The Chicago Sun-Times’ Greg Couch found Tampa’s 6-4 dispatch of the White Sox in Game One of the ALDS thoroughly dispiriting (“the sheer joy surrounding this team, beating three teams in three thrilling days to get here, is gone”), finding a sliver of comic relief in Orlando Cabrera’s tête-à-tête with Grant Balfour (“Cabrera looked like a guy daring someone to punch him in the chin…ten seconds later, he’s lying on the floor with a broken jaw) and a definitive goat in Javier Vazquez (above), declaring the right-hander “never can pitch for the Sox again.”

A great pitcher from the neck down s not a great pitcher at all. He™s not usable in any important game. He has a courage problem ” he doesn™t have any. He keeps getting paid millions because he has a golden arm. The hope is always that he™ll toughen up, but he never does.

He gave up six runs in 4ž innings, including two home runs to Evan Longoria, Tampa Bay™s leader. Longoria, a rookie, homered the first two times he swung in his first playoff game. He is the second player in history to homer in his first two postseason at-bats. The other?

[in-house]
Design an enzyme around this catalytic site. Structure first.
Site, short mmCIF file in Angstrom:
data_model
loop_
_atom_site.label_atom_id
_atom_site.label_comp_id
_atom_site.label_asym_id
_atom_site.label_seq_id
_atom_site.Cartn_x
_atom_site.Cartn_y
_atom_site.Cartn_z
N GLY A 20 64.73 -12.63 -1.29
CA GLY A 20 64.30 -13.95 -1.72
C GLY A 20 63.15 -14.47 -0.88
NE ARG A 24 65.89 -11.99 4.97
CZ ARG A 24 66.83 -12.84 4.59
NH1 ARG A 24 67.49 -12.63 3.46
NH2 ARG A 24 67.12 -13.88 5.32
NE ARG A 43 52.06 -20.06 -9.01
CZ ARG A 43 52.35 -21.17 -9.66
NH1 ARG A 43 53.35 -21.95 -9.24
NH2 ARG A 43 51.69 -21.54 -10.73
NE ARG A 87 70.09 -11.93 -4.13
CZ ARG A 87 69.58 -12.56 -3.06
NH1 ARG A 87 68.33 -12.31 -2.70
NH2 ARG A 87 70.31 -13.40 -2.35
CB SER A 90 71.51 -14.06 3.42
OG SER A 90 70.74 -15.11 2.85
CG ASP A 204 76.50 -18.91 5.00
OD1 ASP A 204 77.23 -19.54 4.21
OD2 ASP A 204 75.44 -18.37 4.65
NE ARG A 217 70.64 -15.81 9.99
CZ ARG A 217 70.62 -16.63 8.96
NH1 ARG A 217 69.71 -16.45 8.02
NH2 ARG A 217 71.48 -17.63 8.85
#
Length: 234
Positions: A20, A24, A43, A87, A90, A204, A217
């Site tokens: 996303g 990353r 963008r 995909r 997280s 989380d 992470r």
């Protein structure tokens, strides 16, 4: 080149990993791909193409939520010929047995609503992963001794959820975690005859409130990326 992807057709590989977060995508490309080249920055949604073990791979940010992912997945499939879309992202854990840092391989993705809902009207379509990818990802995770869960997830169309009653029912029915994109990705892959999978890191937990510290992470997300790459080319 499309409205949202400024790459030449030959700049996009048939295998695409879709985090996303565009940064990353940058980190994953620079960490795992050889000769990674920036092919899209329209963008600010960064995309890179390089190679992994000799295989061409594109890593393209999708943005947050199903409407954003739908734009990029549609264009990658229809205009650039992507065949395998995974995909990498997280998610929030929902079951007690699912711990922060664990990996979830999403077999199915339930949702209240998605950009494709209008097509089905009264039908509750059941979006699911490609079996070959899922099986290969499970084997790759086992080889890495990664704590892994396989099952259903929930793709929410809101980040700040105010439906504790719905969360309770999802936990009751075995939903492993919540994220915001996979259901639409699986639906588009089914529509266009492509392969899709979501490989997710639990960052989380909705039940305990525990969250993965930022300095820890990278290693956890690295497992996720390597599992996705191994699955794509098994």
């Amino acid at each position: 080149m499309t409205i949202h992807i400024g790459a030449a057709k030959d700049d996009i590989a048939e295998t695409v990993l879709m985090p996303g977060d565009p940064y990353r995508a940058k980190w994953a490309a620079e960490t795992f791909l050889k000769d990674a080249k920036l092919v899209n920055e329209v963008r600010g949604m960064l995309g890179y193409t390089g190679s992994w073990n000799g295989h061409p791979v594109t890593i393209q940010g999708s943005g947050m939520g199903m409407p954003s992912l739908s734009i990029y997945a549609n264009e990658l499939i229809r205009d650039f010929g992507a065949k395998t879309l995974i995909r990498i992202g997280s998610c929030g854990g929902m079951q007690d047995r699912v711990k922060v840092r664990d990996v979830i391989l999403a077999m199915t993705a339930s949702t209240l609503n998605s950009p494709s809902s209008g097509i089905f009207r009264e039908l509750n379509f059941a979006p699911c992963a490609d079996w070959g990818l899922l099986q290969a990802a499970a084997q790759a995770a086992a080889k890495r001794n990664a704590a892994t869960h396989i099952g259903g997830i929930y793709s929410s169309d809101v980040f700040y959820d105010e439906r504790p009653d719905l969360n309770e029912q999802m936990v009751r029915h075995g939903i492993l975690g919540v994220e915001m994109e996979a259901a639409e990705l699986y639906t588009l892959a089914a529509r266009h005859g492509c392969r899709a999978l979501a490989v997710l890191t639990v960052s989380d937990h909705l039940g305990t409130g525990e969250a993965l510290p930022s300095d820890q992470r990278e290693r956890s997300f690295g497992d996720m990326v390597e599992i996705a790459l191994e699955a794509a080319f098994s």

Babe Ruth? Hank Aaron? Barry Bonds?

No, Gary Gaetti. He was Longoria™s Class AAA hitting coach.

They don™t keep records on such things, but I™m sure another one was broken on Longoria™s second homer. Vazquez threw the worst pitch ever thrown in big-league history.

It was a hanging, floating curveball that never bothered to begin curving.

I tried to put him to the test by asking this: Do you consider yourself a big-game pitcher?

˜˜I haven™t had a lot of big-game opportunities besides the Yankees and here,™™ he said.

Can you imagine any athlete answering that question without using the word yes?